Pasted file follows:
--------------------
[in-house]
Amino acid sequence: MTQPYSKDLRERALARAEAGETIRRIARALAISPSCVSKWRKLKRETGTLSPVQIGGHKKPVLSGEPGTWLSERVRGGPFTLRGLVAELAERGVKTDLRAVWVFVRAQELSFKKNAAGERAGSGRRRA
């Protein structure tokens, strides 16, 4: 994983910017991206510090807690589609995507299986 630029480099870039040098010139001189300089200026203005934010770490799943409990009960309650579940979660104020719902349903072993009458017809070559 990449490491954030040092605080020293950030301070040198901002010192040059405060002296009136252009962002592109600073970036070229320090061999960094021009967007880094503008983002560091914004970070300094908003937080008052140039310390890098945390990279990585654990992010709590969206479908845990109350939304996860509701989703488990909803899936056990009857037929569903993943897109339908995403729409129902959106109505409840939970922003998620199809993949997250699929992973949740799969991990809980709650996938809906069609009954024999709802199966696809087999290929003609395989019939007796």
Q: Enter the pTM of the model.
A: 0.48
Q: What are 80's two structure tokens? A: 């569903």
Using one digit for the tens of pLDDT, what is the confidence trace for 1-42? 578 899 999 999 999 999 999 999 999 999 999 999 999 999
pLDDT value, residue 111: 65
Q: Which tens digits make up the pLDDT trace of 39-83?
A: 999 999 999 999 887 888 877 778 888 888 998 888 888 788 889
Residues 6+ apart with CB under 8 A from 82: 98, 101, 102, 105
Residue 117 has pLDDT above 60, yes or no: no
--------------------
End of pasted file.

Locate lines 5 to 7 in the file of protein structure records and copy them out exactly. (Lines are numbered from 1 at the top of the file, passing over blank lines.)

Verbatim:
A: 0.48
Q: What are 80's two structure tokens? A: 């569903």
Using one digit for the tens of pLDDT, what is the confidence trace for 1-42? 578 899 999 999 999 999 999 999 999 999 999 999 999 999